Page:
Tucked away behind a notorious house of ill repute, there is a garden where the trees are grown from bones and nourished by the darkest of secrets. The clattering, ghastly harvest is tended to by the women who live and work at Orchard House: Charm, the madam and her haunting, beautiful charges—Shame, Justice, Desire, Pride and Pain.
Except on Tuesdays, when the Emperor alone calls at Orchard House to see his personal concubine.
Until the day he summons Charm instead of the palace to charge her with his dying decree: choose which of his horrible sons will inherit the Empire—by discovering which one has been responsible for his murder. If she completes this final task, she will be freed from a life of bondage and servitude.
Torn between the dead Emperor’s will and the whispers of her own ghosts, Charm must choose: justice for an empire she hates or vengeance—at the cost of her own freedom.
Will she save an Empire—or save herself instead?
I had to put this book down once or twice and walk away from it for a minute so my heart rate could return to normal. It’s not necessarily that any aspect of the novel is frightening per se; gothic horror as a genre isn’t always about the easy scare or the jump scare but more often about the psychological implications at play. Perhaps the greatest Gothic novel of all time is Mary Shelley’s Frankenstein, which is useful knowledge in terms of background tone and feel. Gothic fiction runs into horror because of the suspenseful elements, the way the past bleeds through the narrative, and the threat of supernatural events. Supernatural could take on so many meanings in this regard, because what is considered supernatural is what goes beyond that world’s natural order. The world of The Bone Orchard is vaguely recognizable as an alternate history, but it is a world steeped in magic and lore. The way Mueller gives little bits of information piece by grudging piece leaves the reader often confused or with missing information, just like how many of the characters feel.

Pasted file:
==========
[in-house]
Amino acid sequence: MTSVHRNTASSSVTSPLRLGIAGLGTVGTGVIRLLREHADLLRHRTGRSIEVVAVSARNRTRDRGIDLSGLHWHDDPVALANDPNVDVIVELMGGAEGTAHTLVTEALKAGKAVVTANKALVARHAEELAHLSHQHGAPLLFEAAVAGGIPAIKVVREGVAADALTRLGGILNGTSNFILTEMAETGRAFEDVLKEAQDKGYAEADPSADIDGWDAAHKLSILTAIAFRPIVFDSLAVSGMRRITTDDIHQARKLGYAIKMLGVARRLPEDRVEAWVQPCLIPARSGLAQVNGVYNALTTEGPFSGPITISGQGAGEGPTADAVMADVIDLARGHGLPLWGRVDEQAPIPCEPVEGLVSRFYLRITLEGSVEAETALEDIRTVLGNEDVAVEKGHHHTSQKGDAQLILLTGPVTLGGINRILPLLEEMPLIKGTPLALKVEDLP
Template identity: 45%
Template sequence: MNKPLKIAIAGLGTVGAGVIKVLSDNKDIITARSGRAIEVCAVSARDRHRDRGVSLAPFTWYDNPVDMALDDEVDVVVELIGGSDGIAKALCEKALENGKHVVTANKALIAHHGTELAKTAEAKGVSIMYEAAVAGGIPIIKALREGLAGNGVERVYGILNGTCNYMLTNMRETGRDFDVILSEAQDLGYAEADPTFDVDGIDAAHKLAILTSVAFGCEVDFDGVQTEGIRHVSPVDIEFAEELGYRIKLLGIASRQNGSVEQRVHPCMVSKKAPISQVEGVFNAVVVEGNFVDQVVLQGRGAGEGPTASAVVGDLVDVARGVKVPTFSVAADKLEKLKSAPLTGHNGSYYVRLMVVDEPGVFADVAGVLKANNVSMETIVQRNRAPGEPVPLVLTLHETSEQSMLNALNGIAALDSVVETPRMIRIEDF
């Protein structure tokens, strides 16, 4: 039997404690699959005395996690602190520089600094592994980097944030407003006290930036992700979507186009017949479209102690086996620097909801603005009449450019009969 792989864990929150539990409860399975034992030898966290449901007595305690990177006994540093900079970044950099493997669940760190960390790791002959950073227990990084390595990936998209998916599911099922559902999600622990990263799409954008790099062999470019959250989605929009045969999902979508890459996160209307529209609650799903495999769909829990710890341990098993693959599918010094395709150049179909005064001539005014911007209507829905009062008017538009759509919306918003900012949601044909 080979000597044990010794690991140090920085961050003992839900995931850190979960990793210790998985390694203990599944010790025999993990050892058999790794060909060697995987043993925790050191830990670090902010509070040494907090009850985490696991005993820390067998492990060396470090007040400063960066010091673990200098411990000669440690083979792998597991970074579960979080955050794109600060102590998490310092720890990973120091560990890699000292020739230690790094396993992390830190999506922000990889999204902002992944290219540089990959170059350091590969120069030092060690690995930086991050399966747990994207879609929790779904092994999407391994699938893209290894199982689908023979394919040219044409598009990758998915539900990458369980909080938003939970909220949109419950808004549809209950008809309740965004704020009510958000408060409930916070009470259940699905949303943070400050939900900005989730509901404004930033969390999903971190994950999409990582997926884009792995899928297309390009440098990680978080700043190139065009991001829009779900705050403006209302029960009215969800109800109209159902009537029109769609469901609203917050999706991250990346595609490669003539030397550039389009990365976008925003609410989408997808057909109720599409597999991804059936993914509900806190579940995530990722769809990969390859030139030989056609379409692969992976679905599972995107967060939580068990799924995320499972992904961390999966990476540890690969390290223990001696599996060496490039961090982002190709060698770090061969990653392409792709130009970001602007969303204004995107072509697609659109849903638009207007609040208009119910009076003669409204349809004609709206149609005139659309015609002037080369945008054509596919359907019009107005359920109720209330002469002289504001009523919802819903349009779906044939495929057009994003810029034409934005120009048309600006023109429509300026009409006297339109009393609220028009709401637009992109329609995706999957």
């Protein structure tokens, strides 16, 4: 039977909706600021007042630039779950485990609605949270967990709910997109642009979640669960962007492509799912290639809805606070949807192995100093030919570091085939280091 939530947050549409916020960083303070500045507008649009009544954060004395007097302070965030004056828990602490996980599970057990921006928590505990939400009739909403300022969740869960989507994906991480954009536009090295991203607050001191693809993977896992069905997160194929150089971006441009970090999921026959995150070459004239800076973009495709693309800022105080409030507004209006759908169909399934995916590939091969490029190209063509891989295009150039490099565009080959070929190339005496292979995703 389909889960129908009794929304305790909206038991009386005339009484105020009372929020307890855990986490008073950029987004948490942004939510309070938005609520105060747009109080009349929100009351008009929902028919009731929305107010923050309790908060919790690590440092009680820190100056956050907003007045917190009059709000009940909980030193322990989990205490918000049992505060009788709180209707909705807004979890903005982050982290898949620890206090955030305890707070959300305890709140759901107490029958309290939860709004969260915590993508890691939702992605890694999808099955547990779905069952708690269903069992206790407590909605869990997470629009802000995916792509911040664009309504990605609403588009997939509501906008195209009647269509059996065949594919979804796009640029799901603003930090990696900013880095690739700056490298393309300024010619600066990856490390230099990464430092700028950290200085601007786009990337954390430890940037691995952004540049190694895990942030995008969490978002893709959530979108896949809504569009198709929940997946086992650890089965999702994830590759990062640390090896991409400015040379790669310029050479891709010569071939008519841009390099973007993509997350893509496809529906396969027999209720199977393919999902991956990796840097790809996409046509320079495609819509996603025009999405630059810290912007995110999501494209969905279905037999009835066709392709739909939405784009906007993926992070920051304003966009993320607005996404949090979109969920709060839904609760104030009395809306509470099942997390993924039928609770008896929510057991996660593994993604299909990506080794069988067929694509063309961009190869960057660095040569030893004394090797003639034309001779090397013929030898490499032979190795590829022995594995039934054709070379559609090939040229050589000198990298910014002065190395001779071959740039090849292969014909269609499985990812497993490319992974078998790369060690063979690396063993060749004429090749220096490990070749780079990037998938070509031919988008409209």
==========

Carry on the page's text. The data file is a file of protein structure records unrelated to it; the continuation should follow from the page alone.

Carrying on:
We switch between primary characters; Charm plays a prominent role and makes up the bulk of the narrative focus. But I’m also drawn to Pain, who has major parts to play throughout the course of the novel. Because we don’t know the whole backstory, each new piece of information given could be relevant to either Charm and her charges’ continued characterizations, or it could be a piece of information that solves the Emperor’s murder. There’s no way to know until the end. Suffice it to say, though, that nothing is unimportant.
There can be a small bit of jarring in the beginning as you’re getting used to the narrative style. Not quite first person, jumping between characters sometimes happens what feels like mid-thought, or will end on a reference that you would assume we would then get to see, but Mueller glosses over it. Those moments stand out to me in hindsight because they were often moments of foreshadowing or insight that felt off because I knew I was missing something, just not what.
The relationship between Charm and her charges is incredible. I don’t want to give too much away, but her charges are called boneghosts, and it’s well known in the land of Boren that Charm makes them. They aren’t human, but they’re made in her image. There’s a reason for that, and it’s painful and brilliant and gorgeous. Charm’s past is shrouded in secrecy, even from herself, and figuring out the truth could have disastrous consequences.
It’s a novel about the implications of control, both in the big picture and the individual. As we slowly learn the truth about Charm and the boneghosts, we have to think about what it means to be human, to be whole. When your trauma is so significant you can’t survive any other way, what lengths will you go to in order to stay alive?
I highly recommend reading this one. The writing style seems to be popular right now, and there is a wave of gothic horror novels coming. Here are some more titles to check out if you enjoyed this one: